“[He] proceeded to clear for us a path to the foot of an enormously tall tulip-tree, which stood, with some eight or ten oaks, upon the level, and far surpassed them all, and all other trees which I had then ever seen, in the beauty of its foliage and form, in the wide spread of its branches, and in the general majesty of its appearance.”
– Edgar Allan Poe, “The Gold-Bug”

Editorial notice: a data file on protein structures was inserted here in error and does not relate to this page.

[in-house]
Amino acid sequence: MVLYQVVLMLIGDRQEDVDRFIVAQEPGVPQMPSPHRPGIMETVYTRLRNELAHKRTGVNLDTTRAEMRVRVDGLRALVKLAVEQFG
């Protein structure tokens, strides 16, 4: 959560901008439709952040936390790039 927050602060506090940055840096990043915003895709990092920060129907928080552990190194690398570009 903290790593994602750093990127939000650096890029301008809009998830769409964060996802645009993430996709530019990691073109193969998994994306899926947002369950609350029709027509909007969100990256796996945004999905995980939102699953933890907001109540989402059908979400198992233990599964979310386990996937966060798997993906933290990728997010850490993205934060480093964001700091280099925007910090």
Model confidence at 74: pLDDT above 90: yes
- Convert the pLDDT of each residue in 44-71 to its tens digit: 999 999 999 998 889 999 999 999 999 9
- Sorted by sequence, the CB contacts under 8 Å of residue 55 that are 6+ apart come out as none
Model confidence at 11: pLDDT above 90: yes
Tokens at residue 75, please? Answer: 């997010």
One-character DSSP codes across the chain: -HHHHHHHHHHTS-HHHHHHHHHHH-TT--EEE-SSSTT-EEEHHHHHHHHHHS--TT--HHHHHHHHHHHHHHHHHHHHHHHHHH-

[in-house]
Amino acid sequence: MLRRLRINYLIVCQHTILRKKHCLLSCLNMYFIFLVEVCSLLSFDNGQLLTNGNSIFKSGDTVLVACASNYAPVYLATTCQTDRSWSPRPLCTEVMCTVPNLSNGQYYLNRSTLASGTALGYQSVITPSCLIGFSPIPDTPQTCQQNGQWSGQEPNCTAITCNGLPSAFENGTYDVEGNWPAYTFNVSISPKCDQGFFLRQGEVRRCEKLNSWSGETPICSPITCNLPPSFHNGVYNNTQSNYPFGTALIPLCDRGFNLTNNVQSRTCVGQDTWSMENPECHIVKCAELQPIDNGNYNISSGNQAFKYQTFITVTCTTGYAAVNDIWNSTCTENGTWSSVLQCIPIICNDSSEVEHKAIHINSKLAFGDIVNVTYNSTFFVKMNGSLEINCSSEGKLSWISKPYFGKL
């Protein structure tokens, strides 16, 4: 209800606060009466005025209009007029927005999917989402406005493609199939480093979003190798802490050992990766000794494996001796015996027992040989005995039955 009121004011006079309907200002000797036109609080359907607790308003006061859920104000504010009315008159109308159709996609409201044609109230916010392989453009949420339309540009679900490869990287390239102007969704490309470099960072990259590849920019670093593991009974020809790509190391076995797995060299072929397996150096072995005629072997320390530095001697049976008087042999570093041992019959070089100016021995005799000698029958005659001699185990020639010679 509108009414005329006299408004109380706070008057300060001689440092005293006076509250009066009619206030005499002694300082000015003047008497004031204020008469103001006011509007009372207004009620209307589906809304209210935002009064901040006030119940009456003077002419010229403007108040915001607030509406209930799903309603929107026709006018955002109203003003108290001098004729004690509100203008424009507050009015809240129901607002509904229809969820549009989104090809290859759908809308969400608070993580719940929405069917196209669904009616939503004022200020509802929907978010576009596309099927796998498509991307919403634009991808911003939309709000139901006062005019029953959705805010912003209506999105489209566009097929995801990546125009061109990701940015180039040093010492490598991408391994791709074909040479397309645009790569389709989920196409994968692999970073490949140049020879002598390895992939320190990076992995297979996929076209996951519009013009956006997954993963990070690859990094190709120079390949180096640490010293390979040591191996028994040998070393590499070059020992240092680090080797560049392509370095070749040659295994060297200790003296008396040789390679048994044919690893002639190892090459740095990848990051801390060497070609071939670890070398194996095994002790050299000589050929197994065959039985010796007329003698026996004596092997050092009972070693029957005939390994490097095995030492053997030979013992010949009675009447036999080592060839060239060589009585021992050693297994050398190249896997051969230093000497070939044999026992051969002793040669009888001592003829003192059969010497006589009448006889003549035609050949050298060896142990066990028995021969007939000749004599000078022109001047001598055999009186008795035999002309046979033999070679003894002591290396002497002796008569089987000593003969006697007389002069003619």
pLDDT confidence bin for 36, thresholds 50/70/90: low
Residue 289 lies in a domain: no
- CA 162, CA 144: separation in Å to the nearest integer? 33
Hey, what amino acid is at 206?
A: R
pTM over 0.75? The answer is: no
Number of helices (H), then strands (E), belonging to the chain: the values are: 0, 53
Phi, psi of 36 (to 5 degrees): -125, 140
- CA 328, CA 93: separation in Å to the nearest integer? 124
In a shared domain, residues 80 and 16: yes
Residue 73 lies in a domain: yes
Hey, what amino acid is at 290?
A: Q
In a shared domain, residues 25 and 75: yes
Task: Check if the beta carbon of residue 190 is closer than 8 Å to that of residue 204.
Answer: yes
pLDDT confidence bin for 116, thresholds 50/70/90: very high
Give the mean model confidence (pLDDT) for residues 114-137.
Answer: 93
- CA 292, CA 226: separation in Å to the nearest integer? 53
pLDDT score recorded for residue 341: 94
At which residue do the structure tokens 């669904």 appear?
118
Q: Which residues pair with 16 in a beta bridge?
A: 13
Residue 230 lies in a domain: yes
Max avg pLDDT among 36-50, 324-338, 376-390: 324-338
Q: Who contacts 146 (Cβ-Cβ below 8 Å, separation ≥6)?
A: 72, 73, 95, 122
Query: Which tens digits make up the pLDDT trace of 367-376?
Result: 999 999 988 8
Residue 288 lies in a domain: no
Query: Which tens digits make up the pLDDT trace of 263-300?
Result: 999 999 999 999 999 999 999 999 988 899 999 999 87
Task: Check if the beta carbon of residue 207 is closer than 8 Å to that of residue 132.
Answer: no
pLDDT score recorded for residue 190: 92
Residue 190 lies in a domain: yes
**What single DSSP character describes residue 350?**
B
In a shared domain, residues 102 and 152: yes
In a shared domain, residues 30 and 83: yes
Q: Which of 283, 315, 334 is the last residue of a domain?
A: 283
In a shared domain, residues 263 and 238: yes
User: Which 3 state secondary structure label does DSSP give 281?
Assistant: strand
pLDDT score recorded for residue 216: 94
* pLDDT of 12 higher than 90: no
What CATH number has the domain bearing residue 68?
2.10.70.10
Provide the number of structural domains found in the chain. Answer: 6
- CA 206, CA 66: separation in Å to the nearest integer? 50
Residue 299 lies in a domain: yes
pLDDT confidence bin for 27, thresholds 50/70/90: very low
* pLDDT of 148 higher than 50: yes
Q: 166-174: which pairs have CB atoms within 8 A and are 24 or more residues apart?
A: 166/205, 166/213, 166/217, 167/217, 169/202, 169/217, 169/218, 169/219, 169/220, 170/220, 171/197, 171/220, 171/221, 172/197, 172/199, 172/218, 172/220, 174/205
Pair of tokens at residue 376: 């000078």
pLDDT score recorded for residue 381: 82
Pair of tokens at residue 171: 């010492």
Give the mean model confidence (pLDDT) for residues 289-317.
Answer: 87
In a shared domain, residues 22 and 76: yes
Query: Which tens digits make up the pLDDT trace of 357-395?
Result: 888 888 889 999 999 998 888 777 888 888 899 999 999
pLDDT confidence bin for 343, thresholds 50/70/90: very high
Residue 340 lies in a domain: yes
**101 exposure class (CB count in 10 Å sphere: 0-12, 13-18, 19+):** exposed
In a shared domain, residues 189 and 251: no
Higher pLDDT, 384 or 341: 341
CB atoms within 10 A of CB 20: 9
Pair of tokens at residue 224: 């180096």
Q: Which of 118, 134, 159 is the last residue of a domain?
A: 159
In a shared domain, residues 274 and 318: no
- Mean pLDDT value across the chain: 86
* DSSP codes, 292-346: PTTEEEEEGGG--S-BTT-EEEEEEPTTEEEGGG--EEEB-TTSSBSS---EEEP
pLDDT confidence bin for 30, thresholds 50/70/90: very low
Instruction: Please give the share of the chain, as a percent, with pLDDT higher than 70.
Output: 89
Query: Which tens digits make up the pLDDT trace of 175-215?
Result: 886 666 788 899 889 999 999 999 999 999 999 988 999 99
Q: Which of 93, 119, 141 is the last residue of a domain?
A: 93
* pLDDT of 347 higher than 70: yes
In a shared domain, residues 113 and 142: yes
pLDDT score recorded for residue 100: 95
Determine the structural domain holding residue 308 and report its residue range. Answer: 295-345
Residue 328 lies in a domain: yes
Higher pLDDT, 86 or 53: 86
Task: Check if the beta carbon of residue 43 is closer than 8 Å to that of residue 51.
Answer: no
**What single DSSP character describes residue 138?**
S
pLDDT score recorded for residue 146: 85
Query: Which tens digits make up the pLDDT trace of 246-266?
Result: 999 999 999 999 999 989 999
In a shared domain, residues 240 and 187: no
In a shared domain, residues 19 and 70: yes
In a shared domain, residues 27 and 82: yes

As Poe described, the tulip tree is an impressive species that can reach up to 200 feet. Typically, it has a straight trunk, and the dark green leaves are almost square in shape. The beautiful flowers are yellow-green and shaped like tulips, but difficult to see because they blend with the foliage. The leaves seem to attract insects and large numbers of bees can be found in the foliage in the summertime (which may have been one source of inspiration for Poe’s tale). Tulip trees are native to eastern North America.